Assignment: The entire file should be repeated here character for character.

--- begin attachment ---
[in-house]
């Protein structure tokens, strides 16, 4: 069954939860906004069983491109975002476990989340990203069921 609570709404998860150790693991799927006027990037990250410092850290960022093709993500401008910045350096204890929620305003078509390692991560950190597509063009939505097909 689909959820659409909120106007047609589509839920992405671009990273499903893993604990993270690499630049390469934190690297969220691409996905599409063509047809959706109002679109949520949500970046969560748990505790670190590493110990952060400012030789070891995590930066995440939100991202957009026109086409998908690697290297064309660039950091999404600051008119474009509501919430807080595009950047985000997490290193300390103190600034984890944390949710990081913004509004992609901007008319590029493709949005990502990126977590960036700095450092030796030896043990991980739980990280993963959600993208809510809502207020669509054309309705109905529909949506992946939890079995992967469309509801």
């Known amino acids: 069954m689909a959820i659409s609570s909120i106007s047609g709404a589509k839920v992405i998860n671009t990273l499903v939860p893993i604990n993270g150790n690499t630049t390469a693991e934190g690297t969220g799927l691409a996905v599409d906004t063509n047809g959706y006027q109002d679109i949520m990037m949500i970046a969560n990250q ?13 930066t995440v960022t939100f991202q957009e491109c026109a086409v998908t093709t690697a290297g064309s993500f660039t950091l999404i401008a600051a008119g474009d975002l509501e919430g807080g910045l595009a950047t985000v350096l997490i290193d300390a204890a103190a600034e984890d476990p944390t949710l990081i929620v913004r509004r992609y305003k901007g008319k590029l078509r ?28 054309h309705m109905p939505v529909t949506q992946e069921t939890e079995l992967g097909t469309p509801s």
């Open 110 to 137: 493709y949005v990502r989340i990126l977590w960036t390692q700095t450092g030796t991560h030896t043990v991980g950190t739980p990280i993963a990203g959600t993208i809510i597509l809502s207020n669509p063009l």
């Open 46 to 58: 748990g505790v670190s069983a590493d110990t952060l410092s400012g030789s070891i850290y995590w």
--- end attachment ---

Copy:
[in-house]
């Protein structure tokens, strides 16, 4: 069954939860906004069983491109975002476990989340990203069921 609570709404998860150790693991799927006027990037990250410092850290960022093709993500401008910045350096204890929620305003078509390692991560950190597509063009939505097909 689909959820659409909120106007047609589509839920992405671009990273499903893993604990993270690499630049390469934190690297969220691409996905599409063509047809959706109002679109949520949500970046969560748990505790670190590493110990952060400012030789070891995590930066995440939100991202957009026109086409998908690697290297064309660039950091999404600051008119474009509501919430807080595009950047985000997490290193300390103190600034984890944390949710990081913004509004992609901007008319590029493709949005990502990126977590960036700095450092030796030896043990991980739980990280993963959600993208809510809502207020669509054309309705109905529909949506992946939890079995992967469309509801």
């Known amino acids: 069954m689909a959820i659409s609570s909120i106007s047609g709404a589509k839920v992405i998860n671009t990273l499903v939860p893993i604990n993270g150790n690499t630049t390469a693991e934190g690297t969220g799927l691409a996905v599409d906004t063509n047809g959706y006027q109002d679109i949520m990037m949500i970046a969560n990250q ?13 930066t995440v960022t939100f991202q957009e491109c026109a086409v998908t093709t690697a290297g064309s993500f660039t950091l999404i401008a600051a008119g474009d975002l509501e919430g807080g910045l595009a950047t985000v350096l997490i290193d300390a204890a103190a600034e984890d476990p944390t949710l990081i929620v913004r509004r992609y305003k901007g008319k590029l078509r ?28 054309h309705m109905p939505v529909t949506q992946e069921t939890e079995l992967g097909t469309p509801s």
């Open 110 to 137: 493709y949005v990502r989340i990126l977590w960036t390692q700095t450092g030796t991560h030896t043990v991980g950190t739980p990280i993963a990203g959600t993208i809510i597509l809502s207020n669509p063009l």
């Open 46 to 58: 748990g505790v670190s069983a590493d110990t952060l410092s400012g030789s070891i850290y995590w």